By Amalia Pryor, LCSW
“If you are depressed, you are living in the past, if you are anxious, you are living in the future, if you are at peace, you are living in the present.” Lao Tzu
Society has many demands and expectations of us. Whether it is career, relationships, finances, family or social life, we are always occupied with something. With constant planning, checking tasks off our lists, and always being in motion, it is difficult to make time for ourselves and put our mind at ease.
I often hear from people that they are constantly stressed, always anxious and having difficulty finding overall peace and happiness. Sad and depressing thoughts often occur from rumination over past situations or waiting for the future to happen and trying to make predictions about scenarios that we simply will not know the outcome of at this point in time.
There is only one time and place where you can be and have any control over:
the here and now.
We hear the word “mindfulness” discussed when it comes to the topic of mental health and the road to wellness, and how to be more calm and content. So what exactly is mindfulness and what does it entail? The definition in the dictionary states that mindfulness is the “quality or state of being conscious.” It’s the simple act of just “being.” Mindfulness allows us to understand that the present is where we are most powerful and in control. It is “the now” and the only moment in time where we can seize opportunities and where our choices prevail.
There are many layers and ways to practice mindfulness. To ease into the process, here are a few of my favorite and simple ways of practicing the art of being in the moment.
- Take 20 minutes to do nothing– As mentioned earlier, we are constantly on the go. Our brains can go into system overload. Turn off your brain for a bit so it can rest. Take 10-20 minutes to sit in pure silence. Turn off all distractions (i.e phones, TV, music.) Lie down and breathe. Challenge your mind not to wander. Quiet your thoughts and be still. It takes practice, but try to incorporate it into a daily routine.
- Practicing gratitude- The simple practice of being thankful. Even on our worst days and moments, we always have many things to be grateful for. By practicing gratitude, we think about what makes us happy and calm. Examples consist of good health, family, opportunity to travel, etc. By writing down our reasons to be grateful or saying them out loud, we are taking the present moment to highlight our blessings.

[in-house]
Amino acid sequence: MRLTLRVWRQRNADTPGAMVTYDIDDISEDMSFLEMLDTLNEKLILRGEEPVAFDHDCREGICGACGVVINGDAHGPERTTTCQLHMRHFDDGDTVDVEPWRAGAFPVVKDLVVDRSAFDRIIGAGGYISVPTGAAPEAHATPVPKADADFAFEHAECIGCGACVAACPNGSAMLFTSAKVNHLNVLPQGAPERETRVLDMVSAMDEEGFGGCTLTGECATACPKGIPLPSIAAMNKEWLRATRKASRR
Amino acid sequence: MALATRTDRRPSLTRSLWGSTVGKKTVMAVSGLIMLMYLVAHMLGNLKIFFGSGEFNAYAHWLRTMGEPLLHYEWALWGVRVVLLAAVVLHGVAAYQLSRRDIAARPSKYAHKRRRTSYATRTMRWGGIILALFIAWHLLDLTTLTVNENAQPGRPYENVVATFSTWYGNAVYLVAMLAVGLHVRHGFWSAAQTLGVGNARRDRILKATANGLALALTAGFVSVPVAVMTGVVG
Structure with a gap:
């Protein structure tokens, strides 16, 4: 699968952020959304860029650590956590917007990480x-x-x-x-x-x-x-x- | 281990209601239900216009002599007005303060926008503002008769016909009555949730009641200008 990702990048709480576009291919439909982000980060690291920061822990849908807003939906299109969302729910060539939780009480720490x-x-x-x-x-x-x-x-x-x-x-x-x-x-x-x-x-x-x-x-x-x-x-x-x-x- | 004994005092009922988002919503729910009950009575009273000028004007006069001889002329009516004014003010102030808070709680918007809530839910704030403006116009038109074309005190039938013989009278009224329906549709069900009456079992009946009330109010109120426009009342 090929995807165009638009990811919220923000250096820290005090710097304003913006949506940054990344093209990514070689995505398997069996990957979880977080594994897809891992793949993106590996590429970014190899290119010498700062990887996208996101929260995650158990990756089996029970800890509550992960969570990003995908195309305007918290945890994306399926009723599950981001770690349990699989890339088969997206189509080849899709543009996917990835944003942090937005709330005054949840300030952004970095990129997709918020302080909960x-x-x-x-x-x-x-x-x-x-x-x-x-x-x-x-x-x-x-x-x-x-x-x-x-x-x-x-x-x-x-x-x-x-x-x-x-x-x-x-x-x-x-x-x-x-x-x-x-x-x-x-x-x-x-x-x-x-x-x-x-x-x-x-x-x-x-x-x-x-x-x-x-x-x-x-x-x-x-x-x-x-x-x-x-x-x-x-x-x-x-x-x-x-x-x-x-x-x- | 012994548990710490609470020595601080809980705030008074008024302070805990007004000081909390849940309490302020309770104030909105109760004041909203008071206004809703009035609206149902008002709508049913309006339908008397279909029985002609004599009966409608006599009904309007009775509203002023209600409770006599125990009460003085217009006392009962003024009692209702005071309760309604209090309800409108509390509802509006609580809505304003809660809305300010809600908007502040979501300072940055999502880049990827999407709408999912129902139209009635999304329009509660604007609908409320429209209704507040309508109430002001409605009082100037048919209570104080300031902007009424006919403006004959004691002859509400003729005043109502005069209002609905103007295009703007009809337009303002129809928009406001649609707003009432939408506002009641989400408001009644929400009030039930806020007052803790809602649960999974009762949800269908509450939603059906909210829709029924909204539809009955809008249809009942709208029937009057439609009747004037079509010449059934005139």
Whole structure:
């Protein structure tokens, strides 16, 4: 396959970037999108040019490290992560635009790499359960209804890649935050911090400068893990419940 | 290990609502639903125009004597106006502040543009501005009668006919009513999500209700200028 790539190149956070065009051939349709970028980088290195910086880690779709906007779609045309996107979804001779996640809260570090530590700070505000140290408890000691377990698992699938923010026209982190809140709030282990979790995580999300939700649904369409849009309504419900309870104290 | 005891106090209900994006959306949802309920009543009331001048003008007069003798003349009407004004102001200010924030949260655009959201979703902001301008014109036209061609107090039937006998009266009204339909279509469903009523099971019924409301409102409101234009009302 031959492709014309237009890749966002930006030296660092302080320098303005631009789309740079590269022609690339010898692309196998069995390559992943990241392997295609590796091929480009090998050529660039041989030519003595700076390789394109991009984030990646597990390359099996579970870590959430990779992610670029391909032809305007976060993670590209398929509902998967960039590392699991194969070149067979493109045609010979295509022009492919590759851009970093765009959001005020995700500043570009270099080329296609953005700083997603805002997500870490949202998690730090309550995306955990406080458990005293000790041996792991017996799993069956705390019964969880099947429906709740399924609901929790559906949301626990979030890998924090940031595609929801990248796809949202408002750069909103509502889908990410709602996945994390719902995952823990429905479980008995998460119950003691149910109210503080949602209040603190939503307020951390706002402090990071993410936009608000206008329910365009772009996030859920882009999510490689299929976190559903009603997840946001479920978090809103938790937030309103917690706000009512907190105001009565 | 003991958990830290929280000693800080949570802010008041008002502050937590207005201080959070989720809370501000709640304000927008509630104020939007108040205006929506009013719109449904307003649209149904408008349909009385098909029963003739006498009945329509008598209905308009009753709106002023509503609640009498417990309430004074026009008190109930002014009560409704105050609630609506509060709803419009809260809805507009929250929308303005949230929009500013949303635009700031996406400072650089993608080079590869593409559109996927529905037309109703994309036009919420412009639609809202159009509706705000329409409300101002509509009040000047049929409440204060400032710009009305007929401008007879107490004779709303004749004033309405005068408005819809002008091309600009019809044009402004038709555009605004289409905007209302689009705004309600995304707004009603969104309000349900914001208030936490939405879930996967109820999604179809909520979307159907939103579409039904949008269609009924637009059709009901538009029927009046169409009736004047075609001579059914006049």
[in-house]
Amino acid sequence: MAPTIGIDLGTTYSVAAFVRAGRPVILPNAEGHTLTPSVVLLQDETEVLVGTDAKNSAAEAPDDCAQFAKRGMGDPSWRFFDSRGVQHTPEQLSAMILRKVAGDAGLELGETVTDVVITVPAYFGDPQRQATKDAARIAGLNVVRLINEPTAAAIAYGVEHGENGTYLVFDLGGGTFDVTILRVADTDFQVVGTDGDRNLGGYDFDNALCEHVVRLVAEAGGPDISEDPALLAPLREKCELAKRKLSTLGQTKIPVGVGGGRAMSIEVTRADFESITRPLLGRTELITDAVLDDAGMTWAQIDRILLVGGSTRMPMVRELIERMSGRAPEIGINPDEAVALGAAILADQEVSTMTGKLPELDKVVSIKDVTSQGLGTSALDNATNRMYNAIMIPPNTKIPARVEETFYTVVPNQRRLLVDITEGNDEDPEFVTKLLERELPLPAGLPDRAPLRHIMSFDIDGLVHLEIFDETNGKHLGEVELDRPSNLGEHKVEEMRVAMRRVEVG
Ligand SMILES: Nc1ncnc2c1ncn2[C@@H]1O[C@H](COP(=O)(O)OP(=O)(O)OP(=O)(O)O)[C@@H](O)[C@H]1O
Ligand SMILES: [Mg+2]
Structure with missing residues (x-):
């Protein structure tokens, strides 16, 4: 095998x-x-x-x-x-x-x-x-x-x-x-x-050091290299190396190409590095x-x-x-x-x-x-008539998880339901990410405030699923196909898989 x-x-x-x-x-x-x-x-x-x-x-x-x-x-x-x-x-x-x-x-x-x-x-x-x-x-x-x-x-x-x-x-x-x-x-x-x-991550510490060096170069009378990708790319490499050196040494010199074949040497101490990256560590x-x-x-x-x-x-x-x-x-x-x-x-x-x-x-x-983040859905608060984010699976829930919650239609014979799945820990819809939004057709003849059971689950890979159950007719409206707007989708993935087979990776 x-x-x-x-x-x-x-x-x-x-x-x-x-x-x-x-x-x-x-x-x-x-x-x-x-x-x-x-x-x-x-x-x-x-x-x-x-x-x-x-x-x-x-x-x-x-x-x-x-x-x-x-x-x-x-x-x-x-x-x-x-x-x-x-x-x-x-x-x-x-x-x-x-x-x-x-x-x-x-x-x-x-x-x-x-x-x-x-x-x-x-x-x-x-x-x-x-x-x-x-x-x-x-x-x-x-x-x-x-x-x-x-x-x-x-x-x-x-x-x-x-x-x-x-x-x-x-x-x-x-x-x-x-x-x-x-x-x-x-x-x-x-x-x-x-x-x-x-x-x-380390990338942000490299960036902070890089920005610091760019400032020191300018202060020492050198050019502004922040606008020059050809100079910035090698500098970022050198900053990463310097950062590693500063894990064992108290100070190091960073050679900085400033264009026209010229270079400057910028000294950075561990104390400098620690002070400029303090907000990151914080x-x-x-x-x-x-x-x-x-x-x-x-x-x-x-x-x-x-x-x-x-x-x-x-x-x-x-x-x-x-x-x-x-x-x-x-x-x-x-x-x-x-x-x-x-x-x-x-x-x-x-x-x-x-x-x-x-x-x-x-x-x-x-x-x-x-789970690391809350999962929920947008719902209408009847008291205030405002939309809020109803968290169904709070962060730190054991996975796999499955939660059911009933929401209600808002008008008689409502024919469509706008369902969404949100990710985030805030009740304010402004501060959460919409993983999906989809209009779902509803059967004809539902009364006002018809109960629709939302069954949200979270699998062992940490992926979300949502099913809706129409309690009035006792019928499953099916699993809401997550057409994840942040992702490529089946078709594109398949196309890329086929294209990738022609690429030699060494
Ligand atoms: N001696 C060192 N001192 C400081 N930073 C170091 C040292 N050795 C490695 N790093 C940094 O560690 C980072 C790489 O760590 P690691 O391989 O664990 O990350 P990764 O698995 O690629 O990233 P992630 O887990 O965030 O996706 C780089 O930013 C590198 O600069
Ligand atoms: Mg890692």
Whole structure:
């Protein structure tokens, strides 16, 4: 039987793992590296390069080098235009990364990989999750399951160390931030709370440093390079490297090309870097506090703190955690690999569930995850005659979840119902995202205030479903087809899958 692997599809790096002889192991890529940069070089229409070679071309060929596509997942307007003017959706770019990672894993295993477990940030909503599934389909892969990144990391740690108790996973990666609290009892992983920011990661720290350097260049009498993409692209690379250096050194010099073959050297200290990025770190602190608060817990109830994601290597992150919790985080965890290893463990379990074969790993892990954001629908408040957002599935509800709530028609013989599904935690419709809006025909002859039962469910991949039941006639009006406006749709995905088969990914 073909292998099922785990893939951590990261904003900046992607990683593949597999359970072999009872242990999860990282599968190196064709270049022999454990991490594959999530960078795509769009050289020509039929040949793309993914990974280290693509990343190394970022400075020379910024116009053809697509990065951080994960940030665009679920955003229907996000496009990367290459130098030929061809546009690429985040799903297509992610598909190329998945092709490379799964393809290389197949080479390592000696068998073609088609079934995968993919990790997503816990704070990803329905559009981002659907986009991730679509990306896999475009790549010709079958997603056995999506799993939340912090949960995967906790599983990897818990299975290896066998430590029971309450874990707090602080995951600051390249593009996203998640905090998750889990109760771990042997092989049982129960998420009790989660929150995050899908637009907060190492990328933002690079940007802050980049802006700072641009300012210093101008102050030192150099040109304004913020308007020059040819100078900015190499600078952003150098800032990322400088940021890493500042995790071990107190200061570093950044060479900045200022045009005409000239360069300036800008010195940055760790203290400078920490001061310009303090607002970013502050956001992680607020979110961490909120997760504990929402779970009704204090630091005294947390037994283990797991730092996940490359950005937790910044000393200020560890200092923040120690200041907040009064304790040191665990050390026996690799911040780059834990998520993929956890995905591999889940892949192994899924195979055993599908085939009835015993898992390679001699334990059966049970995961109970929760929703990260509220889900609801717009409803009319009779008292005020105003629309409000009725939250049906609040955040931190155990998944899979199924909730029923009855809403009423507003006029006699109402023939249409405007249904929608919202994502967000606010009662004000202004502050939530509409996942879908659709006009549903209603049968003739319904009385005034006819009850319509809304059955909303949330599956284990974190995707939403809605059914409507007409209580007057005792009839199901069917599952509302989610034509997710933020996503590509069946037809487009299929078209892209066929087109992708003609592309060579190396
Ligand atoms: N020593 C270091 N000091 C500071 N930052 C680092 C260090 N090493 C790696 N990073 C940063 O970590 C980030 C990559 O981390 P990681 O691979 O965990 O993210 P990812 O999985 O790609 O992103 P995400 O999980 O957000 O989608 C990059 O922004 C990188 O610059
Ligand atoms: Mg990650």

- Tuning into your senses- Smell, touch, taste, sound, and sight are necessary to tap into being present. When we give focus to our senses we are taking a moment to appreciate what may be stimulating us and taking our mind off of the past or fear for the future. If you are in a coffee shop, tune into the aroma of the smells around you or admire the fantastic people watching the public has to offer. When going for a jog, take a moment to feel the fresh air hitting your skin or listen to the to sounds around you. Stretch your body and notice the sensation in your muscles. The list is endless. You can do this any time and anywhere.
- Changes in daily routine- It’s very easy to fall into a daily or weekly routine. In fact, many of us thrive off of routine, because it gives us structure and comfort. For many, routine brings general stability, which is a positive thing. However, when it comes to stress and anxiety, the same ritual at the same time everyday can perpetuate the cycle of anxious thoughts or sadness. Routine becomes mindless, and therefore doesn’t require effort, we always on the “go go go”.
Small adjustments or change requires us to be mindful and present. The goal is to focus on the task at hand. Examples can range from changing our usual mode of transportation. If you often take the bus, trying walking or biking. Showering at a different time of day, eating meals at a different time or place, wearing a new hairstyle, or even dressing differently. The point is to complete the task with new and present perspective.
If you’d like guidance and help practicing mindfulness please reach out to a therapist at Encircle Psychological Services!